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Celebrate Digital Citizenship Week and Media Literacy Week With KQED

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#DigCitWeek (October 18-22, 2021) #MediaLitWk (October 25-29, 2021)

October is prime time to get students engaged with digital citizenship and media literacy. Digital Citizenship Week and Media Literacy Week occur the last two weeks of the month, bringing together hundreds of organizations across the country for events and activities to celebrate and promote digital citizenship and media literacy in education.

We’ve pulled together a list of relevant and timely KQED resources to engage your students–and yourself–in the powerful skills of media making, media literacy and digital citizenship.

Digital Citizenship Week: October 18-22, 2021

Some of the most important aspects of digital citizenship include being able to evaluate and analyze online information, and engage with others on digital platforms safely and respectfully.

Practice civil discourse

Students can practice critical thinking and civil discourse with KQED Learn Discussions, analyzing video prompts from the Emmy award-winning series Above the Noise and presenting their own evidence-based perspective in a safe and supportive environment. This collection on media and technology can help facilitate discussions with your secondary students on how to analyze and evaluate the media landscape they are awash in everyday.

Female silhouette thinks about diagram of YouTube video recommendations
Thumnail from Above the Noise episode, “How Much Can We Trust YouTube for Reliable Information?”

Identify misinformation and bias

Misinformation is a constant in students’ lives, especially in the current global reality. Empower your students to effectively assess the accuracy and quality of information across media formats, and understand the techniques content creators use to shape their messages, with our free online course Analyzing and Evaluating Media for the Classroom. This six-week, instructor-led course will teach you how to effectively analyze and evaluate media so you are better equipped to teach your students how to do the same. The course starts November 15, so register today!

You can also help your students understand how to spot misinformation and bias with these Above the Noise videos:

Integrating SEL and Digital Citizenship

The ability to analyze, evaluate and create media offers tangible ways to develop Social Emotional Learning (SEL) skills. These Above the Noise videos can help students move from self-awareness and accountability to build more empathy for others in their school community. Also check out these daily activities from Common Sense that help students reflect on how their digital lives impact their social and emotional well-being.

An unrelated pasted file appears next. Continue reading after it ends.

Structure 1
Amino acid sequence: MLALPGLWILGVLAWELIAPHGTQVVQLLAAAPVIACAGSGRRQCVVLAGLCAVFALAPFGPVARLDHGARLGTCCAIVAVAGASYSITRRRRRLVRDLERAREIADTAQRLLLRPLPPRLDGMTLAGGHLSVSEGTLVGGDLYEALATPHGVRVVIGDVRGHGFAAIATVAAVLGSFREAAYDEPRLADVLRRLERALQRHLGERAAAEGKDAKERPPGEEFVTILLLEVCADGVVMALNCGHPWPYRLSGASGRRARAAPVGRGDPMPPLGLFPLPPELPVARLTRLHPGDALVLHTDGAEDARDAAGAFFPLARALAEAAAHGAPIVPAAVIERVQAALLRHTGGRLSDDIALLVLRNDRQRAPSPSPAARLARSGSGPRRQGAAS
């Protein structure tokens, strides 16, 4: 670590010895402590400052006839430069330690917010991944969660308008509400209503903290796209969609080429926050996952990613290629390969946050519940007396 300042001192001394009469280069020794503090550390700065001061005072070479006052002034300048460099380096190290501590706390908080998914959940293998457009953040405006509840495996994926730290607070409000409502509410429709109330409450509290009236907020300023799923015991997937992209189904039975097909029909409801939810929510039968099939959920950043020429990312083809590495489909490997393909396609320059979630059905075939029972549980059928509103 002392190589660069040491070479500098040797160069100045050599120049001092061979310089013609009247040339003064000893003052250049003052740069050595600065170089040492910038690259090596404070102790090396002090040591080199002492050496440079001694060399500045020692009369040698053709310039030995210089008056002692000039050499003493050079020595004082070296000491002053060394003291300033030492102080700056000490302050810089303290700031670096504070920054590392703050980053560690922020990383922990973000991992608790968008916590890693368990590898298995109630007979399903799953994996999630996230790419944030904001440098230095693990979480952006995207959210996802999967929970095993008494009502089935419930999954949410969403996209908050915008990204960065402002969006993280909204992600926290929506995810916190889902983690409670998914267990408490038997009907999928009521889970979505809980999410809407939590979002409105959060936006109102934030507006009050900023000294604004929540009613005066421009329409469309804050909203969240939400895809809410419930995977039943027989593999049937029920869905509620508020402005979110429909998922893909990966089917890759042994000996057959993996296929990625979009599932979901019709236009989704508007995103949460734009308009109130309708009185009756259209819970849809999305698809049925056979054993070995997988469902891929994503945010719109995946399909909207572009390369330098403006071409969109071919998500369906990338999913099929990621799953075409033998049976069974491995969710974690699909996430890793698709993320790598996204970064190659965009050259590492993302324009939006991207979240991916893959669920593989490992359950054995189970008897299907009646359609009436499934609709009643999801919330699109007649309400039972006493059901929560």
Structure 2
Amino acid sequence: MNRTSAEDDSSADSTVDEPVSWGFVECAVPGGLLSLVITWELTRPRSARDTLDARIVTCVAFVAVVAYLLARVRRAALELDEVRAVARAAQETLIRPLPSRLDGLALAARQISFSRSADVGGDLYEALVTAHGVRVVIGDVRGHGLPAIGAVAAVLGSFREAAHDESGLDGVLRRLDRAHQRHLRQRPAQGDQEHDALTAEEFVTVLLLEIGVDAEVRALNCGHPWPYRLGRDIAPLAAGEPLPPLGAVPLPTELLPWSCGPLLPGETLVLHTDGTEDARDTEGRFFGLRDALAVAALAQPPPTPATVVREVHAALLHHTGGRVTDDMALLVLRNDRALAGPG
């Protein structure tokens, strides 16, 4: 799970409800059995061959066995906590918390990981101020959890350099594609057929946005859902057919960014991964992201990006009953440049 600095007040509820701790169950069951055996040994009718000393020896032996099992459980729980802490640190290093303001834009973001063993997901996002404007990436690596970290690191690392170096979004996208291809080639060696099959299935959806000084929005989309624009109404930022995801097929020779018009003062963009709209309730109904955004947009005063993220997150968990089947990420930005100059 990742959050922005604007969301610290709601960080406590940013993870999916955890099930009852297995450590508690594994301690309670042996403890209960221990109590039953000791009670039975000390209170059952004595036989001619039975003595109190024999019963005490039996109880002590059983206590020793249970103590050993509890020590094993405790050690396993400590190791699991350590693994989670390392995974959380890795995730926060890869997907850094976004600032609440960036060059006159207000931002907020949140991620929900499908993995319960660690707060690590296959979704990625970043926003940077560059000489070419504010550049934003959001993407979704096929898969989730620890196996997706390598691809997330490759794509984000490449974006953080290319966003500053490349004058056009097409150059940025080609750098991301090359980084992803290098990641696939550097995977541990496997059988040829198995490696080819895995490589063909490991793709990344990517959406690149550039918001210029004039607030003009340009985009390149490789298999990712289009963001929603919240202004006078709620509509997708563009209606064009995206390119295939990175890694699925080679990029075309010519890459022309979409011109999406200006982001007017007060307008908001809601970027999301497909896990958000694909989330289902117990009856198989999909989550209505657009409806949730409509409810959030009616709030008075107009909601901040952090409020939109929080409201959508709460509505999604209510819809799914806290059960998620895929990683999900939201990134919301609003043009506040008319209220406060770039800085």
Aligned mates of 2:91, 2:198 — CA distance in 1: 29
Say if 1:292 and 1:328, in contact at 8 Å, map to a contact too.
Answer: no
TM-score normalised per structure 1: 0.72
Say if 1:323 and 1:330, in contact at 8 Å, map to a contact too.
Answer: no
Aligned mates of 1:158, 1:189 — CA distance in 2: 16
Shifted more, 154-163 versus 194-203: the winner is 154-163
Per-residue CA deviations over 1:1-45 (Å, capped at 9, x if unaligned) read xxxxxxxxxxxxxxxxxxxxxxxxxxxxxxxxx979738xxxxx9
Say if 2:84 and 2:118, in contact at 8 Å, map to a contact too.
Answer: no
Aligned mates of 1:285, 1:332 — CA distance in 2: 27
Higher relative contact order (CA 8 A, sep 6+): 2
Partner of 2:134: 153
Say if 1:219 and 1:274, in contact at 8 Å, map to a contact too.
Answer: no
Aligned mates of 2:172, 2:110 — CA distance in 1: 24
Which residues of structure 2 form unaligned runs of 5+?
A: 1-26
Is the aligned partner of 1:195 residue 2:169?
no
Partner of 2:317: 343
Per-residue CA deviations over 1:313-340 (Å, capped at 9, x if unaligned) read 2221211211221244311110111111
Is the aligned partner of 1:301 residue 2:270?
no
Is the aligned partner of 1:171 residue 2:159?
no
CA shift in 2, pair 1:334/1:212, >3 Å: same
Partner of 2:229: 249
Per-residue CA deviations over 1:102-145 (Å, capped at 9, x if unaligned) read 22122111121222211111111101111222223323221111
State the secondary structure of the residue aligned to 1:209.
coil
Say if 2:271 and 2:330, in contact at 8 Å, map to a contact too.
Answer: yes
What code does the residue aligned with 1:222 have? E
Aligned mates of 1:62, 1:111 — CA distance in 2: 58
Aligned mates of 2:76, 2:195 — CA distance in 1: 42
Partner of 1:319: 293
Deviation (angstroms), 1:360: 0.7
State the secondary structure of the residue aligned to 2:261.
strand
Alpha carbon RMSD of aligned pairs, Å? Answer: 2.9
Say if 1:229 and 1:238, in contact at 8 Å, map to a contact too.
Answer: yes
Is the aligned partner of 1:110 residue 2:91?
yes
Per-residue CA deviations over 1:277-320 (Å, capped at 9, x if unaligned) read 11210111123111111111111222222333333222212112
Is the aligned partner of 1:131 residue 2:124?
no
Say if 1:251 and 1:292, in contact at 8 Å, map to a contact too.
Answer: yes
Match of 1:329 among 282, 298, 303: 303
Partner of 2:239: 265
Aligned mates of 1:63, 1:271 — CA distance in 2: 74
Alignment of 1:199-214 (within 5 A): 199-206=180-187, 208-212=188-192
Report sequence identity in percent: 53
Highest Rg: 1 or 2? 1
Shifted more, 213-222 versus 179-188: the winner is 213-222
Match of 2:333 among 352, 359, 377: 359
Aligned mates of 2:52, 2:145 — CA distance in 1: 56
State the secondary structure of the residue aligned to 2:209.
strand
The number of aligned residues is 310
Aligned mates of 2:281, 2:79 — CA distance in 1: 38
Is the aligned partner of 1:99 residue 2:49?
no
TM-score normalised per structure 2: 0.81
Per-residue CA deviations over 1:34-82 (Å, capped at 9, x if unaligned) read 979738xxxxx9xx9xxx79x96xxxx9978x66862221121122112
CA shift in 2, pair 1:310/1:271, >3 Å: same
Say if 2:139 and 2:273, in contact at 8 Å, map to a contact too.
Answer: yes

We are excited to speak at L.A. Unified’s premier digital citizenship conference for administrators and education leaders. Learn more about this event and come to our session, “From Analyzing, to Making and Sharing Media: Practical Approaches to Creating Media Literate Educators and Learners.”

Check out more resources on digital citizenship from the DigCitCommit Coalition.


Media Literacy Week: October 25-29

A key component of media literacy is the ability to create, or “write,” media. We offer many ways that teachers and students can build their media-making skills.

Empower students through media making for an authentic audience

Youth Media Challenges give middle and high school students the opportunity to share their voice beyond the classroom. These standards-aligned projects, for multiple content areas, come with ready-to-use curricular supports for self-directed learning. They are a great alternative to just turning in written work. Check out stand-out student media from last spring and see media literacy and critical thinking skills in action. All submissions are published on our student media showcase and some are featured on public media station broadcasts, like this Perspective, Bad Hair Day.

Student adjusting a video camera

You can hear directly from a diverse group of young people, who participated in Youth Media Challenges last spring, about what inspires them and their creative process at our event on November 10, I Made This: A Youth Media Celebration. Attend in-person or virtually.

We also host free online workshops year-round to support teachers with implementing challenges and media making. Register for one of our upcoming workshops for If Schools Could Dance (October 27) and Science Documentary (November 2 and 4).

Take your media literacy to the next level

Media literacy and digital citizenship are critical, transferable skills that require development and reinforcement in every subject area. The KQED Media Academy for Educators helps all educators build these skills. Whether you are a classroom teacher, a librarian, an instructional coach, leading an extra-curricular program or any other role where you support young people using media for learning, the Media Academy’s free online courses are for you. And, all courses prepare you to apply for PBS Media Literacy Educator Certification by KQED.

Discover more Media Literacy Week resources and events.

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